A handsome, fashionable young man is suddenly arrested and it's only after being brought to the station and carrying on with several adversarial conversations is he told that his lover has been murdered. Of course, he's the primary suspect in 1961's L'assassino. Marcello Mastroianni stars as the young man and with plenty of location shots in Rome and most of the movie consisting of dialogue it's easy to be reminded of the famous Fellini films he starred in. It's not quite as good as those films but it's an interesting rumination on perception.
Despite the dialogue-heavy nature of the screenplay, which could almost be a stage play with one or two locations, the action continually shifts from one place to another as Alfredo (Mastroianni) is interrogated. Now in an office, now in a hotel room, now in a cell, everything changes but Alfredo expresses the same exasperation. And other people start winding up dead.
The film frequently shifts to flashback and we see Alfredo with his lover, the murdered woman, Adalgisa (Micheline Presle). A wealthy older woman, he nevertheless seems to have real affection for her but she generally regards him with an ironical, mildly impatient smile. We see other women in Alfredo's life, too, including his mother whom he seems oddly anxious to put on a train out of town.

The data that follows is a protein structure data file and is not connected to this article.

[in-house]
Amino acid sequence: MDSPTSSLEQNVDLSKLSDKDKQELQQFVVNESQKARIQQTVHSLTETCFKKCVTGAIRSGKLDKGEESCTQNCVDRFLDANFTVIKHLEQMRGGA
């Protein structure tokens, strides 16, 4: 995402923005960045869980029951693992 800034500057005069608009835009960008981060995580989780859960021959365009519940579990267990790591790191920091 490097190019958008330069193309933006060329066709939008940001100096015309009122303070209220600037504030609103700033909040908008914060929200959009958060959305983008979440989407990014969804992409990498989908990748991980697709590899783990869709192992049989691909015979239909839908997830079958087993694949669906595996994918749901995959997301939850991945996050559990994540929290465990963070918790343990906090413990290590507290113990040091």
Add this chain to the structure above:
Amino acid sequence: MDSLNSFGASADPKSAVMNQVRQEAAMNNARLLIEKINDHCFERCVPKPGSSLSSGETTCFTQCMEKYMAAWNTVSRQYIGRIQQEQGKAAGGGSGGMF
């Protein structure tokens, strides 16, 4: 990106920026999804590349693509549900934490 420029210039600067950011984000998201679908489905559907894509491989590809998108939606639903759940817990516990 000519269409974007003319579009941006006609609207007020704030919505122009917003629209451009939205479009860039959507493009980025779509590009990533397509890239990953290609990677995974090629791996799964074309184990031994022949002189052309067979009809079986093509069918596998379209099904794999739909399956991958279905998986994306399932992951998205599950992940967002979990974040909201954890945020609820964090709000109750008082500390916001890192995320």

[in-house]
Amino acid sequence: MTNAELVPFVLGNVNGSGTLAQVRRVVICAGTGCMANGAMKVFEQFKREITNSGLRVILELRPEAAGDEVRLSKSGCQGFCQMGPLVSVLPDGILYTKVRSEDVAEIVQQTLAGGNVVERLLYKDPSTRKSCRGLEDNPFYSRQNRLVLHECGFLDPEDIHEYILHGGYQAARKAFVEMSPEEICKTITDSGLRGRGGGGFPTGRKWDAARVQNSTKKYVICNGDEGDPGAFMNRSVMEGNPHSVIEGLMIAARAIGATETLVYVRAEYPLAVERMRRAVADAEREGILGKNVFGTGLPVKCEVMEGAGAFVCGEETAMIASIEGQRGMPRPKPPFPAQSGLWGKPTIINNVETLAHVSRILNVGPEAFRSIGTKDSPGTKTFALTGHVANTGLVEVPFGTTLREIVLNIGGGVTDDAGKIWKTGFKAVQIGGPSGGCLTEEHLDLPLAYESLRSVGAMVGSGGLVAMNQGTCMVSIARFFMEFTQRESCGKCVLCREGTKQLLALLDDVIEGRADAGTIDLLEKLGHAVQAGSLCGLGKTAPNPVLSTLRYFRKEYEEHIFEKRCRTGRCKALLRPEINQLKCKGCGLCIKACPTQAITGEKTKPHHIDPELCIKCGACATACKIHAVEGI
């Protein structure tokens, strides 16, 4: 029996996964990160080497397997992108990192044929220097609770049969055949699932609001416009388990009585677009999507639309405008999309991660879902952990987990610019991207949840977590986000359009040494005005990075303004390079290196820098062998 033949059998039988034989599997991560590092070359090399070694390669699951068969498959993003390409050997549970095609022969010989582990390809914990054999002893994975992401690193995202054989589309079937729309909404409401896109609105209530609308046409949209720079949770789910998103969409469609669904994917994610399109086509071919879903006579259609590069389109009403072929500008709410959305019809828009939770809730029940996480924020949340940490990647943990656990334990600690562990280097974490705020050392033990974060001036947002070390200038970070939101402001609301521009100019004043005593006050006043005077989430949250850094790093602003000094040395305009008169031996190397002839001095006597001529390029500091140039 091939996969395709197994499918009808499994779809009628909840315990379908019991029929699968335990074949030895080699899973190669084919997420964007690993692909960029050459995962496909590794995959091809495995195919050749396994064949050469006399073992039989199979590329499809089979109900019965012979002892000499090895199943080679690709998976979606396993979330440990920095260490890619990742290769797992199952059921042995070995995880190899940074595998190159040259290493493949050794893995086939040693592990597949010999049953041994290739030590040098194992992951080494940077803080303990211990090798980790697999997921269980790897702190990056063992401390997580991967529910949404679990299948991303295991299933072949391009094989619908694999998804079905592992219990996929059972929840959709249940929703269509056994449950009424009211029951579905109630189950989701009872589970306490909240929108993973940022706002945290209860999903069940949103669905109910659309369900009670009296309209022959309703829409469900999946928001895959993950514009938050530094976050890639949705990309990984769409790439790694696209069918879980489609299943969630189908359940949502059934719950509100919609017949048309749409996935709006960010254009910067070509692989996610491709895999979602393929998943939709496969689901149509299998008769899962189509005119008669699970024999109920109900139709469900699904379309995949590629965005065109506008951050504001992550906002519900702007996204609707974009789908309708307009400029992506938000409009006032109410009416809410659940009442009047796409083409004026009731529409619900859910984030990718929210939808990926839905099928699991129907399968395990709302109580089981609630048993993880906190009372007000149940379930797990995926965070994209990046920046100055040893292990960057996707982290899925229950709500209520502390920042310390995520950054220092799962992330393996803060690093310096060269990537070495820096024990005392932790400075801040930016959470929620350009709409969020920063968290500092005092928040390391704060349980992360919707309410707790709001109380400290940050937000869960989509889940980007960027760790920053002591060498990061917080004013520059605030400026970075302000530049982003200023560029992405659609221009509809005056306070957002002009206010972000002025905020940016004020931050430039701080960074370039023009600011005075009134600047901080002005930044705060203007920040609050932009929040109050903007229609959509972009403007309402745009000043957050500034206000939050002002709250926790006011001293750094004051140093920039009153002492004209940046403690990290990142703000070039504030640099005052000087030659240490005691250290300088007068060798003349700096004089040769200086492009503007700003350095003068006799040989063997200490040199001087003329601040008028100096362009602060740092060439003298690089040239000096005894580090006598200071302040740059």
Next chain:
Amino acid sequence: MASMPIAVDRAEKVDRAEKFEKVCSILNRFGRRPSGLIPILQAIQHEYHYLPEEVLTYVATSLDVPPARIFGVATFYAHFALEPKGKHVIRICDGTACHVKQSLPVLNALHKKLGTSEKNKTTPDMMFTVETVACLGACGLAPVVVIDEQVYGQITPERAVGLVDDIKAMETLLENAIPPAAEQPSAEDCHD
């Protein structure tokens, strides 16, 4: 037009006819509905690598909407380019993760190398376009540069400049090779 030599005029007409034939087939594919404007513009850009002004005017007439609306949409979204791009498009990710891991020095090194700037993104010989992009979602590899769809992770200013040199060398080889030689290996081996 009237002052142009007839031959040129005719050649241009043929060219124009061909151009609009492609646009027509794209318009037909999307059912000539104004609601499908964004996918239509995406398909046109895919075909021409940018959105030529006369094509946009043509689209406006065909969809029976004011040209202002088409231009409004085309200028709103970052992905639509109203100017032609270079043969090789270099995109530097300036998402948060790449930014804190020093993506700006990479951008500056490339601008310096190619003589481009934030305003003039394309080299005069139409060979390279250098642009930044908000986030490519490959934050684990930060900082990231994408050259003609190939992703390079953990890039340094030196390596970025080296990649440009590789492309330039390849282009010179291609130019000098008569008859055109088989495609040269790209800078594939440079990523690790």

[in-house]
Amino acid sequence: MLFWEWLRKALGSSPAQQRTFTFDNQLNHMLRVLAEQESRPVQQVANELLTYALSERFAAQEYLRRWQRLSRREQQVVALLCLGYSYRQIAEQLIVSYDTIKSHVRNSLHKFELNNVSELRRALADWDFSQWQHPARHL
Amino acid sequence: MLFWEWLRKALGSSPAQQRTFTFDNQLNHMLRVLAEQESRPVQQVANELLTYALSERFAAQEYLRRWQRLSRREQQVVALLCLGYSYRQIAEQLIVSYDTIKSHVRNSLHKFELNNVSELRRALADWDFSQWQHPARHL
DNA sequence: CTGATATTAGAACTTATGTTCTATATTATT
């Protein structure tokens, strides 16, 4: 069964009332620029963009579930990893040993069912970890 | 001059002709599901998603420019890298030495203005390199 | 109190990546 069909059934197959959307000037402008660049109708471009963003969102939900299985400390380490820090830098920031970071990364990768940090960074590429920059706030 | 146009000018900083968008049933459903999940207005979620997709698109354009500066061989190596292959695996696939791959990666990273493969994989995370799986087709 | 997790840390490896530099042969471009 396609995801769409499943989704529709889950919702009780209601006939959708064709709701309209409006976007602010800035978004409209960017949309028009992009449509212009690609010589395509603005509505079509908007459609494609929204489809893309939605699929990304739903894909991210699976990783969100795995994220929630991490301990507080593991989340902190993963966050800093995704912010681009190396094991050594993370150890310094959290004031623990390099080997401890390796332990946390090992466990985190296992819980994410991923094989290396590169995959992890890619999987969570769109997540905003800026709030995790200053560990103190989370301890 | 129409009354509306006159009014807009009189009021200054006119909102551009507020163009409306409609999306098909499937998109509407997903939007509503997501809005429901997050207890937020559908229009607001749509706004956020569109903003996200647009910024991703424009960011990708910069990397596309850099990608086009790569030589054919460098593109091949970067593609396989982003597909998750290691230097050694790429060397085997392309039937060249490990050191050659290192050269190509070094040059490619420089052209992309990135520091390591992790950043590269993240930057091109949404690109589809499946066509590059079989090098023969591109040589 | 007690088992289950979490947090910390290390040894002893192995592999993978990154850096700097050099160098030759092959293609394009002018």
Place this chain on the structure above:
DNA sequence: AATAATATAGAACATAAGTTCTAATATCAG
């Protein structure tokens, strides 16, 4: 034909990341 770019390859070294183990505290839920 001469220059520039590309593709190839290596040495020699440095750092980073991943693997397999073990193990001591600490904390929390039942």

I want that sport coat. The wardrobe in this movie is great, of course.
The ending of the film could possibly be a twist but it's given in such an offhand way it could merely be a joke. But it compels the viewer to think back over all that's happened, successfully forcing close attention to the endless, seemingly trivial and casual conversation.
L'assassino is available on Amazon Prime.
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A paper brick began a wooden house.
A field of logging traps've took the tree.
Entire thoughts were dreams inside the mouse.
Completed fountains drain the marble sea.
A candy climate gifts the sugar cloud.
Obliging coats adorn the frosty arms.
The humble plate reflects the pastry proud.
A second plane completes but never harms.
A golden chain was painted grey and brown.
A row of relished wine became the dog.
Returning agents wore a copied frown.
With quickened steps we trod the thickest fog.
A deck of fevered glimpses brought the meal.
Successive cuts destroyed the sense of real.